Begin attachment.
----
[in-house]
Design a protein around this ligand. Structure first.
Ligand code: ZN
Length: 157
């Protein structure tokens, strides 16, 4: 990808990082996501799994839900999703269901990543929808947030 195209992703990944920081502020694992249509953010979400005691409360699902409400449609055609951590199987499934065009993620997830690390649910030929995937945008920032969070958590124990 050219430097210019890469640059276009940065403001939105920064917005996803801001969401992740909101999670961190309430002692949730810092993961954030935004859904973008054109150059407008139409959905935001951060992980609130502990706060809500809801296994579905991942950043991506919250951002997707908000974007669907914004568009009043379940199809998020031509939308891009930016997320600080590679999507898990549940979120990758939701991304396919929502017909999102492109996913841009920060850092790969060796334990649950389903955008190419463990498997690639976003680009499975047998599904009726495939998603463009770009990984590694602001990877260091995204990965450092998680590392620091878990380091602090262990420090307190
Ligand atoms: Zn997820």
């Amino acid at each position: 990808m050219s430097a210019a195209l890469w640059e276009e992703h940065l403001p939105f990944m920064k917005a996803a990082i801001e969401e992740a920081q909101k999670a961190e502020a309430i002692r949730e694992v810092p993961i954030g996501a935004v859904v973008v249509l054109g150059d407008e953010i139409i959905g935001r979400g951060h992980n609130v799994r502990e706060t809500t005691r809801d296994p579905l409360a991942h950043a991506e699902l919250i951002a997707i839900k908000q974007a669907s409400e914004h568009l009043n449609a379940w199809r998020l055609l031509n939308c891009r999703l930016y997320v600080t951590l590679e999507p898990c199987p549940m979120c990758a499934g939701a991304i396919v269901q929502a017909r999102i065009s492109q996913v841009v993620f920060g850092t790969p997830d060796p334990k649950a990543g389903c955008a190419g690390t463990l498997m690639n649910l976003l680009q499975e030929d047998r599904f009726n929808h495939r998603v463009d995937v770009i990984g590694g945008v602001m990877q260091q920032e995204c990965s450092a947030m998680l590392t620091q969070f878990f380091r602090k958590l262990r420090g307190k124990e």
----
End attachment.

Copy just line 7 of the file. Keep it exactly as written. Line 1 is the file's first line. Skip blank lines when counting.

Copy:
């Amino acid at each position: 990808m050219s430097a210019a195209l890469w640059e276009e992703h940065l403001p939105f990944m920064k917005a996803a990082i801001e969401e992740a920081q909101k999670a961190e502020a309430i002692r949730e694992v810092p993961i954030g996501a935004v859904v973008v249509l054109g150059d407008e953010i139409i959905g935001r979400g951060h992980n609130v799994r502990e706060t809500t005691r809801d296994p579905l409360a991942h950043a991506e699902l919250i951002a997707i839900k908000q974007a669907s409400e914004h568009l009043n449609a379940w199809r998020l055609l031509n939308c891009r999703l930016y997320v600080t951590l590679e999507p898990c199987p549940m979120c990758a499934g939701a991304i396919v269901q929502a017909r999102i065009s492109q996913v841009v993620f920060g850092t790969p997830d060796p334990k649950a990543g389903c955008a190419g690390t463990l498997m690639n649910l976003l680009q499975e030929d047998r599904f009726n929808h495939r998603v463009d995937v770009i990984g590694g945008v602001m990877q260091q920032e995204c990965s450092a947030m998680l590392t620091q969070f878990f380091r602090k958590l262990r420090g307190k124990e």